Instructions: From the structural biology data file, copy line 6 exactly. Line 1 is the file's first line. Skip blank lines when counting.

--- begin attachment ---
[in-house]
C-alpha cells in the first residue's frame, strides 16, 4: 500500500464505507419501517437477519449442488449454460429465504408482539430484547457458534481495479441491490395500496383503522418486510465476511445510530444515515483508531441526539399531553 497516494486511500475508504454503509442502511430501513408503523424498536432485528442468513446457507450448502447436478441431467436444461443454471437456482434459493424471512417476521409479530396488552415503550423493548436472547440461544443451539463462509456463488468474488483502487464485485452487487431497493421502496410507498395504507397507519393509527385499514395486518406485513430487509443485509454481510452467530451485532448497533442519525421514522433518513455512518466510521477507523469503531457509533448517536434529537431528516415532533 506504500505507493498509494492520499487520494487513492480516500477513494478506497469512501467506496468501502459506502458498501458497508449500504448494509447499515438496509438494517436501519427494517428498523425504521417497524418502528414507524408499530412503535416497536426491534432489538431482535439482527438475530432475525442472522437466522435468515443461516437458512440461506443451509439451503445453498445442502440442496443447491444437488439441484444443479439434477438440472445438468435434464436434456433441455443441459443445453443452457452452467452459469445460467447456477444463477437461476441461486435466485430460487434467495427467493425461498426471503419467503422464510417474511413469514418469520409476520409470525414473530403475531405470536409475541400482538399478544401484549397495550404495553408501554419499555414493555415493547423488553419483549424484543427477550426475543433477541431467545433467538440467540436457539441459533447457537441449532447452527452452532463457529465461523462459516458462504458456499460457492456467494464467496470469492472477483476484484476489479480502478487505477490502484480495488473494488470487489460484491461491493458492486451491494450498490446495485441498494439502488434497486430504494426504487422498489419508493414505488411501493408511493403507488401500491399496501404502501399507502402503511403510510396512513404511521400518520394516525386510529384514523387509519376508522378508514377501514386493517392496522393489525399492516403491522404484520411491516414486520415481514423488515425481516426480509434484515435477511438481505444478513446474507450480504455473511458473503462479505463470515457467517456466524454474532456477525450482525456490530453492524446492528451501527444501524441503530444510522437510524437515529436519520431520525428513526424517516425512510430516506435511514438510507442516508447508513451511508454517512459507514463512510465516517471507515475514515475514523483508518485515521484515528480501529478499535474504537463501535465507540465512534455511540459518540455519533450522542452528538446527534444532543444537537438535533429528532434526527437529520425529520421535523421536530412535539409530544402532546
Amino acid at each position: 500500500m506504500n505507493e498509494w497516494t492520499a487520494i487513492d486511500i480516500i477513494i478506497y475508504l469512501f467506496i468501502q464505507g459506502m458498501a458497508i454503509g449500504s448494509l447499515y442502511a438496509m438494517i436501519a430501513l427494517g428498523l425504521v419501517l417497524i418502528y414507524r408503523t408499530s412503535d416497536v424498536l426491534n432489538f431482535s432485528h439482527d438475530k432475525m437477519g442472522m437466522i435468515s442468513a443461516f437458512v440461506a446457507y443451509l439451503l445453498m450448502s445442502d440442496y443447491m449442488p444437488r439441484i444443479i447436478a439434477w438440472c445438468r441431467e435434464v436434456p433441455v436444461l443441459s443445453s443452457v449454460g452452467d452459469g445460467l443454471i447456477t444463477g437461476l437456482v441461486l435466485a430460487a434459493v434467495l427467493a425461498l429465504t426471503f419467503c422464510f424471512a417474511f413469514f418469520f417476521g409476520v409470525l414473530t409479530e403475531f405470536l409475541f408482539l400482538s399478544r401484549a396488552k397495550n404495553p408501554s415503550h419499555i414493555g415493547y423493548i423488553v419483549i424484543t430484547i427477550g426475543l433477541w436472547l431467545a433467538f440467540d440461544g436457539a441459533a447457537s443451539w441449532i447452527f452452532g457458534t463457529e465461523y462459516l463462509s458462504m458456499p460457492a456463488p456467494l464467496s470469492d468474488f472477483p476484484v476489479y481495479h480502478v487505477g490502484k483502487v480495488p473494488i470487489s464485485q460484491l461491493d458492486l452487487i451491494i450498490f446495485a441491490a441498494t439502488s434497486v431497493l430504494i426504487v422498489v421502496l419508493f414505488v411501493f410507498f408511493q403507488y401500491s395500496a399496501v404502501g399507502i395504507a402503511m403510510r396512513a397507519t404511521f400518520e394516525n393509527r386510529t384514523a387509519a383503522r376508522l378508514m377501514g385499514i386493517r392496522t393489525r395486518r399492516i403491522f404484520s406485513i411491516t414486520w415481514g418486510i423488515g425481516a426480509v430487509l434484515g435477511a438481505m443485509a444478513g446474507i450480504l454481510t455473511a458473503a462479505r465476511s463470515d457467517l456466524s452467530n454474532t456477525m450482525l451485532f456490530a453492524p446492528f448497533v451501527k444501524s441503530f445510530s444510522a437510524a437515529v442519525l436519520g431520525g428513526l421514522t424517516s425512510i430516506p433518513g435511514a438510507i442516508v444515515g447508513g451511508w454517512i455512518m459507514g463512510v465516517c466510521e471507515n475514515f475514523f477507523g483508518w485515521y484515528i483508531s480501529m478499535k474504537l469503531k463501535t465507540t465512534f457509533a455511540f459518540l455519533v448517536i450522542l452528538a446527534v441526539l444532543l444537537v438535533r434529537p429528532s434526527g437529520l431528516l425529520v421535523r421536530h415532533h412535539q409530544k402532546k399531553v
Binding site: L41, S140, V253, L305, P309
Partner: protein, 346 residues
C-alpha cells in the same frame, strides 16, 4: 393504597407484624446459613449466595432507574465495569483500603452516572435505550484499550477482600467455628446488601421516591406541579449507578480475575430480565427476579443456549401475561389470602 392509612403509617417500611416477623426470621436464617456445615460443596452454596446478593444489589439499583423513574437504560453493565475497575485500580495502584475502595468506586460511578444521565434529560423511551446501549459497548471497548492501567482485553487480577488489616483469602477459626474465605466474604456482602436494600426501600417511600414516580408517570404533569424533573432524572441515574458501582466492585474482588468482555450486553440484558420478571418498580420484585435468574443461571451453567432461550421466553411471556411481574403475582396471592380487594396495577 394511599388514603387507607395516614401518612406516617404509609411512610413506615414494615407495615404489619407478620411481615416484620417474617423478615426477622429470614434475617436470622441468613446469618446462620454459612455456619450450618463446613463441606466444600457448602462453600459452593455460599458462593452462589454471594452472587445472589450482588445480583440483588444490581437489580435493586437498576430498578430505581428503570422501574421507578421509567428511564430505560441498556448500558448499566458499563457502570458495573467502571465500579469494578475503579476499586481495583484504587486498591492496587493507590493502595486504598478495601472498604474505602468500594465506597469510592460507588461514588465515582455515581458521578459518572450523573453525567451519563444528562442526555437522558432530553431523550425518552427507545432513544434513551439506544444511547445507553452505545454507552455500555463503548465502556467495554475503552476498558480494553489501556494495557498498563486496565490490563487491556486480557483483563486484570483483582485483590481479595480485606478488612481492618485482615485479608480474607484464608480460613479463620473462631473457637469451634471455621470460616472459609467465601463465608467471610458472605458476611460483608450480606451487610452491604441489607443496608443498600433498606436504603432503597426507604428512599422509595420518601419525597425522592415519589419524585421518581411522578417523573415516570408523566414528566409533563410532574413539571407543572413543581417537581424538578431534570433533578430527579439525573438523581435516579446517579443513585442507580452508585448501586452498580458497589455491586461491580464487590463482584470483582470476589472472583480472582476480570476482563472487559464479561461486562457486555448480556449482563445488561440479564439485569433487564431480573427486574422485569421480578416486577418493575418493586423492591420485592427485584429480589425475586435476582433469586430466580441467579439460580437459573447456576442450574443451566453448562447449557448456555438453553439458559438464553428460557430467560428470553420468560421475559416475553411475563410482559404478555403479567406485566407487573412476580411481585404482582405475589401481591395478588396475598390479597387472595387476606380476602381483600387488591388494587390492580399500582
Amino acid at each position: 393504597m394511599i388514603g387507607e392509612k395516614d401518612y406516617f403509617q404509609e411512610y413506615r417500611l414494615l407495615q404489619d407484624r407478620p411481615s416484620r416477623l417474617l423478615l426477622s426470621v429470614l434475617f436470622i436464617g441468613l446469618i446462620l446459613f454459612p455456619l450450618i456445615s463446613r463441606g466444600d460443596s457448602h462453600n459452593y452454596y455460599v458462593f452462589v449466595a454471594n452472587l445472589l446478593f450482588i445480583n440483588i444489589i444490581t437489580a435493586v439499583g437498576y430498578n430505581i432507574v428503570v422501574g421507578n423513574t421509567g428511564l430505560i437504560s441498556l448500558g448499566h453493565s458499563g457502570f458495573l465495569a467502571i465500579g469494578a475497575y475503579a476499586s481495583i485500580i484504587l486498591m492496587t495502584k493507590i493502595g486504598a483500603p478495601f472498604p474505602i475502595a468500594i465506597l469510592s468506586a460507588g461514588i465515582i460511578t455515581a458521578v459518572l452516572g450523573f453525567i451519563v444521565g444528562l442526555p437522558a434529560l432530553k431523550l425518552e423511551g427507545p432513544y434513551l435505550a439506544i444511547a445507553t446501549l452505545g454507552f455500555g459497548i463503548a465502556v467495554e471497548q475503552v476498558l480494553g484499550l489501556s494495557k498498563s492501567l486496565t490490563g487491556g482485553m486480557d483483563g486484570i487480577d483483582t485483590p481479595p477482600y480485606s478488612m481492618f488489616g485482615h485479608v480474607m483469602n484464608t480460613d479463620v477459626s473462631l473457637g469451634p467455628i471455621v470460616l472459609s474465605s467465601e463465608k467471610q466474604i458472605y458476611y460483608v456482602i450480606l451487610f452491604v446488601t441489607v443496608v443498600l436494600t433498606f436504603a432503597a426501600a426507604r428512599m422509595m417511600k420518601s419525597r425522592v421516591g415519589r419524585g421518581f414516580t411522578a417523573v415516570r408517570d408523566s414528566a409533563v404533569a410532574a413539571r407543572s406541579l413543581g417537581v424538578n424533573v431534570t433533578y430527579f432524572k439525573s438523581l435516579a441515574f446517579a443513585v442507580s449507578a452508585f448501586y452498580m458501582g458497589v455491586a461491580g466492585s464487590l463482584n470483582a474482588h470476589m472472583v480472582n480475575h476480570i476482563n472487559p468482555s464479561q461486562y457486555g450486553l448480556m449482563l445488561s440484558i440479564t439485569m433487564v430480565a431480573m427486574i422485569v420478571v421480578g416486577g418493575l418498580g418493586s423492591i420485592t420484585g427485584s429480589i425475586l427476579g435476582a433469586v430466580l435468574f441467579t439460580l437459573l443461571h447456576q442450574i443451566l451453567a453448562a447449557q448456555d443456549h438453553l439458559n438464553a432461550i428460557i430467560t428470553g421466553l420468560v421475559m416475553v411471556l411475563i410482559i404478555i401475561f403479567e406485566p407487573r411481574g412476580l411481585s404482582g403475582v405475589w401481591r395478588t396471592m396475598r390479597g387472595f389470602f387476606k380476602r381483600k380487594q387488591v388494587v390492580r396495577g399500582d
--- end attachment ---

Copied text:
C-alpha cells in the same frame, strides 16, 4: 393504597407484624446459613449466595432507574465495569483500603452516572435505550484499550477482600467455628446488601421516591406541579449507578480475575430480565427476579443456549401475561389470602 392509612403509617417500611416477623426470621436464617456445615460443596452454596446478593444489589439499583423513574437504560453493565475497575485500580495502584475502595468506586460511578444521565434529560423511551446501549459497548471497548492501567482485553487480577488489616483469602477459626474465605466474604456482602436494600426501600417511600414516580408517570404533569424533573432524572441515574458501582466492585474482588468482555450486553440484558420478571418498580420484585435468574443461571451453567432461550421466553411471556411481574403475582396471592380487594396495577 394511599388514603387507607395516614401518612406516617404509609411512610413506615414494615407495615404489619407478620411481615416484620417474617423478615426477622429470614434475617436470622441468613446469618446462620454459612455456619450450618463446613463441606466444600457448602462453600459452593455460599458462593452462589454471594452472587445472589450482588445480583440483588444490581437489580435493586437498576430498578430505581428503570422501574421507578421509567428511564430505560441498556448500558448499566458499563457502570458495573467502571465500579469494578475503579476499586481495583484504587486498591492496587493507590493502595486504598478495601472498604474505602468500594465506597469510592460507588461514588465515582455515581458521578459518572450523573453525567451519563444528562442526555437522558432530553431523550425518552427507545432513544434513551439506544444511547445507553452505545454507552455500555463503548465502556467495554475503552476498558480494553489501556494495557498498563486496565490490563487491556486480557483483563486484570483483582485483590481479595480485606478488612481492618485482615485479608480474607484464608480460613479463620473462631473457637469451634471455621470460616472459609467465601463465608467471610458472605458476611460483608450480606451487610452491604441489607443496608443498600433498606436504603432503597426507604428512599422509595420518601419525597425522592415519589419524585421518581411522578417523573415516570408523566414528566409533563410532574413539571407543572413543581417537581424538578431534570433533578430527579439525573438523581435516579446517579443513585442507580452508585448501586452498580458497589455491586461491580464487590463482584470483582470476589472472583480472582476480570476482563472487559464479561461486562457486555448480556449482563445488561440479564439485569433487564431480573427486574422485569421480578416486577418493575418493586423492591420485592427485584429480589425475586435476582433469586430466580441467579439460580437459573447456576442450574443451566453448562447449557448456555438453553439458559438464553428460557430467560428470553420468560421475559416475553411475563410482559404478555403479567406485566407487573412476580411481585404482582405475589401481591395478588396475598390479597387472595387476606380476602381483600387488591388494587390492580399500582